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Federal Salary Council Says Feds Are Significantly Behind in Pay

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The Federal Salary Council, a group of union representatives and outside experts on compensation that oversees the General Schedule, recently announced that federal workers earn an average 34.07 percent less than their private sector counterparts.

Hernandez v. Mesa Heard by Supreme Court

case law update

Recently, the Supreme Court heard oral argument in Hernandez v. Mesa to address issues arising out of the actions of U.S. Border Patrol agent Jesus Mesa when he fired a shot from United States soil that killed 15-year old Mexican boy Sergio Hernandez on Mexican soil.  

Supreme Court Clarifies Probable Cause Determinations Based on Officer’s Understanding of Surrounding Circumstances

After years in waiting, the Supreme Court ruled on District of Columbia v. Wesby, and found that DC police officers did not violate the Fourth Amendment after arresting 21 individuals at a party for unlawful entry. In doing so, the Court clarified that probable cause determinations are made from a reasonable officer’s consideration of the surrounding circumstances.

Supreme Court Grants Certiorari to Decide Whether Union Fees For Non-Member Public Employees Violate First Amendment

case law update

On September 28, 2017, the Supreme Court granted certiorari to consider whether agency fee arrangements imposed by public unions on non-member public employees are constitutional.

The Illinois Public Labor Relations Act, 5 ILCS 315 et seq., authorizes a union representing public employees to collect its dues from its members and “fair share” fees from non-member employees to “pay their proportionate share of the costs of the collective bargaining process, contract administration and pursuing matters affecting wages, hours and conditions of employment.”

In 2015, Governor of Illinois, Bruce Rauner, filed suit against various labor organizations that represented bargaining units of state employees in federal district court to halt unions from collecting the “fair share” fees. The governor contended that the Illinois Public Labor Relations Act violates the First Amendment by compelling employees who disapprove of the union to contribute money to it. The Attorney General of Illinois, Lisa Madigan, intervened on the side of the unions.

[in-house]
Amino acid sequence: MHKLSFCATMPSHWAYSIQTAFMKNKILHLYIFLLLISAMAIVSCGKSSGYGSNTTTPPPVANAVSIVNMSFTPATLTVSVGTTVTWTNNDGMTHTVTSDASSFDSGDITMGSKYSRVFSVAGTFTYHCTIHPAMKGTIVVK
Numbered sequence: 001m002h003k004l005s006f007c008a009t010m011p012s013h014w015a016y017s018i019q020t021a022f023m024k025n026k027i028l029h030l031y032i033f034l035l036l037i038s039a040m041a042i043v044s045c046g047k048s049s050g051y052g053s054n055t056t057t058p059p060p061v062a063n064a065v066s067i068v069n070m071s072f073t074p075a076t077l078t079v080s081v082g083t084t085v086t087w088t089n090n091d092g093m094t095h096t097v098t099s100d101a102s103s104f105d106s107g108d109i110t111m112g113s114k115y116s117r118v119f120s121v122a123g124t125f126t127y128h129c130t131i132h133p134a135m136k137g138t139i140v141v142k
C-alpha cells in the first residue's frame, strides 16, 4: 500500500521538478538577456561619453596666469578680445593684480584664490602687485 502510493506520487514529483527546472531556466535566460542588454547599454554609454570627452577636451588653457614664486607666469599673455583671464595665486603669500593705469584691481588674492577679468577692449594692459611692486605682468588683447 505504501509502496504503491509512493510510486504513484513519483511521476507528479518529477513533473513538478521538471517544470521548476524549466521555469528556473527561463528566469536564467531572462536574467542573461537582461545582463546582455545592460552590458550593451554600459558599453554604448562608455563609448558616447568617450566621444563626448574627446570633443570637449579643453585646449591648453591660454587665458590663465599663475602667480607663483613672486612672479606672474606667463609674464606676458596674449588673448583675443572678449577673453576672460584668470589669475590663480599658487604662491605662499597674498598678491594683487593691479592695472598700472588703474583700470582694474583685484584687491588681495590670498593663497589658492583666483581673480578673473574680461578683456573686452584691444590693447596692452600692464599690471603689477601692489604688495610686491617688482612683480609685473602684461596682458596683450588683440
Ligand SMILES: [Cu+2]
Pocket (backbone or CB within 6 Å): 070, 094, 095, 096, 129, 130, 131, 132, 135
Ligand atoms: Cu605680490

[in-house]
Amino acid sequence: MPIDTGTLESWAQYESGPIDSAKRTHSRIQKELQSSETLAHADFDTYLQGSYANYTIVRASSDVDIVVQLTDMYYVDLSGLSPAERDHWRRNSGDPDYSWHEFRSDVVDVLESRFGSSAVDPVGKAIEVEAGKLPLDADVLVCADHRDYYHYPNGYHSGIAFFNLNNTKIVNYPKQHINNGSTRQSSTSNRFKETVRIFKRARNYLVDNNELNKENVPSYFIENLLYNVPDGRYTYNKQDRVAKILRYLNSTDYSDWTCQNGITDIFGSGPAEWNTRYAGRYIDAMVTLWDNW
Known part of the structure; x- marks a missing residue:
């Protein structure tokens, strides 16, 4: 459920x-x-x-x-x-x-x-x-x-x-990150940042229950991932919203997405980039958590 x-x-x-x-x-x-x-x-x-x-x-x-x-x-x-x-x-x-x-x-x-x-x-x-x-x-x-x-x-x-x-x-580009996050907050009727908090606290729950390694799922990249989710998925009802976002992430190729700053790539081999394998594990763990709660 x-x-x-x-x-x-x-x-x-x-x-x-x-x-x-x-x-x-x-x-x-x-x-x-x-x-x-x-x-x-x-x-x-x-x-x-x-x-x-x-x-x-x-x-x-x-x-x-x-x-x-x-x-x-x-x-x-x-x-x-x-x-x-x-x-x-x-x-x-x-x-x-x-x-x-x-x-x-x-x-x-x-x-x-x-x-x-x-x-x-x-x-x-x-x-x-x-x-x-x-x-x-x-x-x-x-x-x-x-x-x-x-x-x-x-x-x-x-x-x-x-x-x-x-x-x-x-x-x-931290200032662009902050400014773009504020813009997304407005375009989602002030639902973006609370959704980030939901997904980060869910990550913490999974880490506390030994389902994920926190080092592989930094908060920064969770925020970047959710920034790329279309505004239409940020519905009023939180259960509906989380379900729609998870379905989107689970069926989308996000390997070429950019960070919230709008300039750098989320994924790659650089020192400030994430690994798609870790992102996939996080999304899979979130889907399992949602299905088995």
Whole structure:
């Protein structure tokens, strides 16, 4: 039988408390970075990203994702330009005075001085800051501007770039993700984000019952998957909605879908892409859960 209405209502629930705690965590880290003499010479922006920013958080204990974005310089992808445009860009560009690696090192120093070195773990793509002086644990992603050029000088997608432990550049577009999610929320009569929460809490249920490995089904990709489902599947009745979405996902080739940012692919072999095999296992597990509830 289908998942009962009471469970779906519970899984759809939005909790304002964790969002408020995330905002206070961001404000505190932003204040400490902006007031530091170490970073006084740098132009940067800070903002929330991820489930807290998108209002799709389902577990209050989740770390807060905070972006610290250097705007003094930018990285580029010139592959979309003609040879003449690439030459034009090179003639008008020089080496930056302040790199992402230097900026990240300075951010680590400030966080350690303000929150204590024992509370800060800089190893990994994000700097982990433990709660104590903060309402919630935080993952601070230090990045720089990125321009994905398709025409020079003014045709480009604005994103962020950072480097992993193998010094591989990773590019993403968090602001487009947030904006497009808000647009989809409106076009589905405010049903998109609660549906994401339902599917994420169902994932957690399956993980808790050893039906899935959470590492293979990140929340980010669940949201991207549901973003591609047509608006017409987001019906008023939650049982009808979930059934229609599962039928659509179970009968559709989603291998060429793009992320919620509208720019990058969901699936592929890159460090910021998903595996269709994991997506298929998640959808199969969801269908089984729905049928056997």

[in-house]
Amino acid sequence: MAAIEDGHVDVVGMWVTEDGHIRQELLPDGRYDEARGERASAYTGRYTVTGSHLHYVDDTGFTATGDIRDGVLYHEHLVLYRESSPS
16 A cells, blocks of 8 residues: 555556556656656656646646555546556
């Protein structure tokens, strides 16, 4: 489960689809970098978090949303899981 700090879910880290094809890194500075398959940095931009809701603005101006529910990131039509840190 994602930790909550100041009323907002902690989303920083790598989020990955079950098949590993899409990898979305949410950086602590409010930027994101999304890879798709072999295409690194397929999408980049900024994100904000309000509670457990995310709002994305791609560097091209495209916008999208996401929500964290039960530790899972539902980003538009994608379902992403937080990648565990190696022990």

The district court dismissed the governor’s complaint on the ground that he had no standing to sue because he was not subject to the fees. However, two public employees (Mark Janus and Brian Trygg) already moved to intervene in the suit before the district court dismissed the governor’s complaint. Janus filed his First Amendment claim against AFSCME, Council 31, Trygg filed his claim against Teamsters, and both filed against the Director of the Illinois Department of Central Management Services.

The district court granted the employees’ motion to intervene and found that the complaint attached to their motion was a valid substitute for the governor’s dismissed complaint. Still, the district court dismissed Janus’s and Trygg’s claims. Trygg’s claim was dismissed because he previously had a “full and fair opportunity” to challenge the fees before the Illinois Labor Relations Board and the Illinois Appellate Court. Janus’s claim was dismissed because he failed to state a valid claim. That is, the district court was not able to overrule the Supreme Court’s 1977 decision in Abood v. Detroit Board of Education, 431 U.S. 209 (1977).

In Abood, the Supreme Court upheld, against a challenge based on the First Amendment, a Michigan law that allowed a public employer (a municipal board of education), whose employees (public school teachers) were represented by a union, to require non-member employees to pay fees to it. The Supreme Court found that the non-member employees benefited from the union’s collective bargaining agreement with the employer. However, the Supreme Court stated that the fees could only be great enough to cover the cost of the union’s activities that benefited them and could not be expanded to enable the union to use a portion of them “for the expression of political views, on behalf of political candidates, or toward the advancement of other ideological causes not germane to [the union’s] duties as collective-bargaining representative.” Now, approximately 40 years later, Abood remains the law.